Improved Multimodal Alignment in Large Multimodal Models
Building Large Multimodal Models (LMMs) can be challenging due to the limited quantity and quality of multimodal data compared to text-only datasets. However, researchers from UC Berkeley, CMU, UIUC, UW–Madison, UMass Amherst Microsoft Research, and MIT-IBM Watson AI Lab have developed a solution.
Introducing LLaVA-RLHF, a vision-language model designed to enhance multimodal alignment in LMMs by using Reinforcement Learning from Human Feedback (RLHF). This approach collects human preferences on recognizing hallucinations and incorporates them through reinforcement learning to fine-tune LMMs. The benefit of this strategy is that it improves multimodal alignment at a relatively low annotation cost of $3000 for 10K human preferences.
Reward hacking can pose a problem in RLHF, where high ratings from the reward model may not always align with human judgments. To address this, the researchers propose a data-efficient alternative by enhancing the reward model’s capacity using existing knowledge and data from larger language models.
To further improve the overall functionality of LLaVA-RLHF, the researchers use a superior visual encoder and a bigger language model. They also introduce the Factually Augmented RLHF algorithm, which calibrates the reward signals by supplementing them with additional information such as picture descriptions or ground-truth multi-choice options.
During the Supervised Fine-Tuning stage, the researchers augment synthetic vision instruction tuning data with high-quality human-annotated multimodal data in conversation format. This enhances the general capabilities of LMMs.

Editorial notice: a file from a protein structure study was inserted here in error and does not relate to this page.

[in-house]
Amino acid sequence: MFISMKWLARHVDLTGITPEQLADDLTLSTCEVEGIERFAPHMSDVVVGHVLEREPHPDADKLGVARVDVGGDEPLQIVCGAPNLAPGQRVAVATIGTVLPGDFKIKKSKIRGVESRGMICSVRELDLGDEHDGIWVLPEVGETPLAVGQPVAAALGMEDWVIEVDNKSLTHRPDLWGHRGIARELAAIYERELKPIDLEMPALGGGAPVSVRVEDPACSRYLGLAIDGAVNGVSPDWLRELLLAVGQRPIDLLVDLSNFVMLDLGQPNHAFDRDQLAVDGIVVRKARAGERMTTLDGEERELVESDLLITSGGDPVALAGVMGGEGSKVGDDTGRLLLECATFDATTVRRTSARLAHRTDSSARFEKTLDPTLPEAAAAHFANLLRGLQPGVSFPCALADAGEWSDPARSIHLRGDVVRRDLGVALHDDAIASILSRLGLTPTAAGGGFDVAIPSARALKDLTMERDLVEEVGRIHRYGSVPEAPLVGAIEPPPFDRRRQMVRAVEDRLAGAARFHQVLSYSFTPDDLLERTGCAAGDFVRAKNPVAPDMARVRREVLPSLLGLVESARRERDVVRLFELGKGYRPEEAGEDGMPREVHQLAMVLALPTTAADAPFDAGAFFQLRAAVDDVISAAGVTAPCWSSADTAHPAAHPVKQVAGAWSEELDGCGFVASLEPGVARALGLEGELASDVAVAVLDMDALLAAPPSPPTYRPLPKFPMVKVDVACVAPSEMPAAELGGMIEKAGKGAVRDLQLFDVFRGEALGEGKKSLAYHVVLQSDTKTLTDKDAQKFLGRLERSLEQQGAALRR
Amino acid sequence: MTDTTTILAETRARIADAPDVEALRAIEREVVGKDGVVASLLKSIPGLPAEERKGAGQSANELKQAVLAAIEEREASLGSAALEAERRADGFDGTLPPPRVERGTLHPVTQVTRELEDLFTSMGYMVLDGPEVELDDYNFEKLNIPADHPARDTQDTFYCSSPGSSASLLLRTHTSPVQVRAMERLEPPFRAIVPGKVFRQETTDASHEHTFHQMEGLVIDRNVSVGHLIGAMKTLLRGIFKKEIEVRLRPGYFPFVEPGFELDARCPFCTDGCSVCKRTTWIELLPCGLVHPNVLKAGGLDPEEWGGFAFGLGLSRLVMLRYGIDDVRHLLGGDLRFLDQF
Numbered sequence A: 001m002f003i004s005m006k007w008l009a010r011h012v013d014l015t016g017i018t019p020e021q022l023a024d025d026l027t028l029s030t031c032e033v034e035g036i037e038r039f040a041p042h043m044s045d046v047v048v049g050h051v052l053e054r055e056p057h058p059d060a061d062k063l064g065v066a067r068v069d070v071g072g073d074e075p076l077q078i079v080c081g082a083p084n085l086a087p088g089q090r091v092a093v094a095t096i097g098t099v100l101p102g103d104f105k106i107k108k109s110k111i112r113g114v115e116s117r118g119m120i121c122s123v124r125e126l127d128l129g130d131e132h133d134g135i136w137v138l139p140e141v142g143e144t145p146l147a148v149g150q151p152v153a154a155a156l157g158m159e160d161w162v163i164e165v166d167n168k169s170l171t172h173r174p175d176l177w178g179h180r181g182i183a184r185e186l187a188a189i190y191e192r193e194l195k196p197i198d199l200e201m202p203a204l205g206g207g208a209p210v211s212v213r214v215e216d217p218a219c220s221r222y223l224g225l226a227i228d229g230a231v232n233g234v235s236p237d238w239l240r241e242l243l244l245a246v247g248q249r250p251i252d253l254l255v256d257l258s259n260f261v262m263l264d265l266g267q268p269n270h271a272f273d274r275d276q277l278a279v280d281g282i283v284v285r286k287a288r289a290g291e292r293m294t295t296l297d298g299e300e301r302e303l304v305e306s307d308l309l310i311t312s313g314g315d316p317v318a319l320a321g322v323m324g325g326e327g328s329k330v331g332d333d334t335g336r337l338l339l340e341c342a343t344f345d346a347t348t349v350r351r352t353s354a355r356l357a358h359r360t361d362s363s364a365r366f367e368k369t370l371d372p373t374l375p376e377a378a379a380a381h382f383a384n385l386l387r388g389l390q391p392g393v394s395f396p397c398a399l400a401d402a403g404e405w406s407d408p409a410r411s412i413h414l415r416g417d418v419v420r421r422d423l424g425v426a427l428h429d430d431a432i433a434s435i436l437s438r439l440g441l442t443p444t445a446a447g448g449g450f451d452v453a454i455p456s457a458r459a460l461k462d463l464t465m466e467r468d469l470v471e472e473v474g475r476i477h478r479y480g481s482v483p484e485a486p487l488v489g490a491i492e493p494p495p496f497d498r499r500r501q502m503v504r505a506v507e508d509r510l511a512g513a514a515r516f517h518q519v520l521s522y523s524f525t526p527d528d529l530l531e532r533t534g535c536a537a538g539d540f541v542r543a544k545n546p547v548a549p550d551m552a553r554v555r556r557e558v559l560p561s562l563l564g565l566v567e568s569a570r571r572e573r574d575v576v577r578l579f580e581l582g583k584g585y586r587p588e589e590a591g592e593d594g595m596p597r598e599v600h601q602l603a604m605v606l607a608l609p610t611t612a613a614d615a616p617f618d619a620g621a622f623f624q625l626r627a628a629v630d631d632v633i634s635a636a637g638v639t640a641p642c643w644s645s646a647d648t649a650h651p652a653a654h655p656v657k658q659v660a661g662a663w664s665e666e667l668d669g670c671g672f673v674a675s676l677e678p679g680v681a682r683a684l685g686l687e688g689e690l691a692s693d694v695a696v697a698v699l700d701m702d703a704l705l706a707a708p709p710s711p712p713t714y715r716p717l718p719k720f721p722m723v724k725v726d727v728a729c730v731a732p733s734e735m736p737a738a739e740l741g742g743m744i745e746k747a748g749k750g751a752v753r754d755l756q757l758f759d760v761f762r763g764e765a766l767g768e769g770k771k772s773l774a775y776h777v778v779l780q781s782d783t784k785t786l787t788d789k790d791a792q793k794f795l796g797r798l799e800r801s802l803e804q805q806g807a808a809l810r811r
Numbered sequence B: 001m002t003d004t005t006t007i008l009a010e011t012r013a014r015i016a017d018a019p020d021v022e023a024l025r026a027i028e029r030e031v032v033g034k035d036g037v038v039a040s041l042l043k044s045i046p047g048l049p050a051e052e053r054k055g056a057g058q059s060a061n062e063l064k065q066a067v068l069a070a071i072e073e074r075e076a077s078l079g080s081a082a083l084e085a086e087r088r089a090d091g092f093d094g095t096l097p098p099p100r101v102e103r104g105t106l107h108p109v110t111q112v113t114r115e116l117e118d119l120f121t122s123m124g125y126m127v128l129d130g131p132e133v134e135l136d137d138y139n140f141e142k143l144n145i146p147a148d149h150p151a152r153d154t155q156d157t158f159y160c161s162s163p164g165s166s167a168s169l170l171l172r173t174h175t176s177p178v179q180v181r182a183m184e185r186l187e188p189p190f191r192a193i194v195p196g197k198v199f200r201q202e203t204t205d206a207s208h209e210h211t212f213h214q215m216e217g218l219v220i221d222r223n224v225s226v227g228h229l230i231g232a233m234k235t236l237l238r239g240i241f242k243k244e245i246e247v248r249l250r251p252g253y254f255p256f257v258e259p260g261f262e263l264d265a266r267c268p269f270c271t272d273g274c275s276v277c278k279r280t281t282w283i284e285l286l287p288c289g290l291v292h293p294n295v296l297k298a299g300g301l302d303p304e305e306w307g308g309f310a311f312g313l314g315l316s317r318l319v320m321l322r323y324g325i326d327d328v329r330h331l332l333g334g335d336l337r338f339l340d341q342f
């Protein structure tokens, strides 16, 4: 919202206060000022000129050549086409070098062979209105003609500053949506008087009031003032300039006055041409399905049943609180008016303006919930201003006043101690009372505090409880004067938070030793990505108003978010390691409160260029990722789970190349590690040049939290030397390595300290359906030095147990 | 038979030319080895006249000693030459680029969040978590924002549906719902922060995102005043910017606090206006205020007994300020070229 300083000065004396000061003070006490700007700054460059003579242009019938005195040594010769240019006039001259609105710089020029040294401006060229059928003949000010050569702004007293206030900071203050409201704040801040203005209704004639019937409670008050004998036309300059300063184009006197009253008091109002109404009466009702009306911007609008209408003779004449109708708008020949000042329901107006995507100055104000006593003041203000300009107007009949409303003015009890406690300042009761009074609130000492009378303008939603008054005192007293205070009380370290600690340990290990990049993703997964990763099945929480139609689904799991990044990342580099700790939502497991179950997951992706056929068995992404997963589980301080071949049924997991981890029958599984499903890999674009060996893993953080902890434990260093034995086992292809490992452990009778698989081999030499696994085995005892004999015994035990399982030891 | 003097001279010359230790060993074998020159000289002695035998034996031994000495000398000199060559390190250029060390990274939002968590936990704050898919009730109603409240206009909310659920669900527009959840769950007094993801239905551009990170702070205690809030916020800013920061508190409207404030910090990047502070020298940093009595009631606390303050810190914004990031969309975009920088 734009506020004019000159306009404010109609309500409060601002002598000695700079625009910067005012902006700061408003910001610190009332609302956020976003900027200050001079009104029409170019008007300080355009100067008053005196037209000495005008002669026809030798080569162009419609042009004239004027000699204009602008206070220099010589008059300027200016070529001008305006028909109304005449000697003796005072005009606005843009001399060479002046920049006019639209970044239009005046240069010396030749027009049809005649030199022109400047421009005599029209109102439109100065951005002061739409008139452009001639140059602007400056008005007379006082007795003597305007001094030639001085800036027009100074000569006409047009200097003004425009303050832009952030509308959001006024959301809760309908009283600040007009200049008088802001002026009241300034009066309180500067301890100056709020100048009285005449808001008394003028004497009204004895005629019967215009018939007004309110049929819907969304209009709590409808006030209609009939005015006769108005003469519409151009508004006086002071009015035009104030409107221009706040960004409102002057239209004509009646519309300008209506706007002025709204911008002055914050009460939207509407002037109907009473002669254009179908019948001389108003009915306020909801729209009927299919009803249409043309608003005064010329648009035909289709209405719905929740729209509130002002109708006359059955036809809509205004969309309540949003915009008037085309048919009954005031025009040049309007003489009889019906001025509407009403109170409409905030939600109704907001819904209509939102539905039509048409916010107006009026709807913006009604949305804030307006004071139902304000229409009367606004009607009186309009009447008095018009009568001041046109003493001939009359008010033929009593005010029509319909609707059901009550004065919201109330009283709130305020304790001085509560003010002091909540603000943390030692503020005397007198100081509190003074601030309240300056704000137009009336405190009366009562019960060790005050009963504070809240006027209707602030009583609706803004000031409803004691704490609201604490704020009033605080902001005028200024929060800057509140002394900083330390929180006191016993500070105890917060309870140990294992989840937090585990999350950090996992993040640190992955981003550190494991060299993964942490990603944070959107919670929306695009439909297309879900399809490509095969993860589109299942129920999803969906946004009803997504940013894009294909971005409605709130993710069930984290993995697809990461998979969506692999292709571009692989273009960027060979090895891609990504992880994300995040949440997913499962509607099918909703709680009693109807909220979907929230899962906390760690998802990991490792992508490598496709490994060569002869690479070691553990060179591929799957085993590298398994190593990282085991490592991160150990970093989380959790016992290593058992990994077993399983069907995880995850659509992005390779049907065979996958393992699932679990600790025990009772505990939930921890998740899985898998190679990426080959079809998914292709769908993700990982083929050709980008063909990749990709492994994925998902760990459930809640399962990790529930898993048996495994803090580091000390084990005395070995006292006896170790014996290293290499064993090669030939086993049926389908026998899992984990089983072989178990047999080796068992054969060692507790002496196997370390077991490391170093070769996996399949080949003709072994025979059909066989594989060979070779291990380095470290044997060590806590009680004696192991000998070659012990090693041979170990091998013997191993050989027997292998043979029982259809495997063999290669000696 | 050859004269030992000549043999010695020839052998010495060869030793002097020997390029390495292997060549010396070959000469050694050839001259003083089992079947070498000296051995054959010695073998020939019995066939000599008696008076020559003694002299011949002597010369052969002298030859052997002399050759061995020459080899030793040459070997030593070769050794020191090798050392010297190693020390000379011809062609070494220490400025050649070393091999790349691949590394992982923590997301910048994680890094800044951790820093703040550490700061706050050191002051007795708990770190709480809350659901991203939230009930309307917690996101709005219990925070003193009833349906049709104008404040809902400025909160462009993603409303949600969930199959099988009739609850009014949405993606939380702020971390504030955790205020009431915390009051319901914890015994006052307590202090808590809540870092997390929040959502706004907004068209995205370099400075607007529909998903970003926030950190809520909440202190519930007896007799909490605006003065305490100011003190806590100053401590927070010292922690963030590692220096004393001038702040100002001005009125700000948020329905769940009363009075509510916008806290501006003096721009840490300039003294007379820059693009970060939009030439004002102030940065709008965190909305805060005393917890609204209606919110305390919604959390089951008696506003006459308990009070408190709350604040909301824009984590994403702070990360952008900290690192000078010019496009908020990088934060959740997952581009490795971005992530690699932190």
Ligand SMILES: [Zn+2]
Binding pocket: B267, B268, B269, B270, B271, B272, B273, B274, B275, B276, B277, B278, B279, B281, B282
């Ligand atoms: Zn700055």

To evaluate the multimodal alignment in real-world scenarios, the researchers develop the MMHAL-BENCH benchmark dataset. This dataset addresses hallucinations and closely matches human assessments, particularly in terms of anti-hallucination scores.
The experimental assessment of LLaVA-RLHF shows impressive results. It achieves a 94% improvement on the LLaVA-Bench, a 60% improvement on the MMHAL-BENCH, and sets new performance records for LLaVA models.
The researchers have made their code, model, and data accessible to the public on GitHub. To stay updated with the latest AI research news and projects, join their ML SubReddit, Facebook Community, Discord Channel, and Email Newsletter.
The research was conducted by Aneesh Tickoo, a consulting intern at MarktechPost. Aneesh is currently pursuing a degree in Data Science and Artificial Intelligence from the Indian Institute of Technology(IIT), Bhilai. He focuses on machine learning projects, particularly in image processing, and enjoys collaborating with others on interesting projects.
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Credit for this research goes to the dedicated team of researchers involved in this project.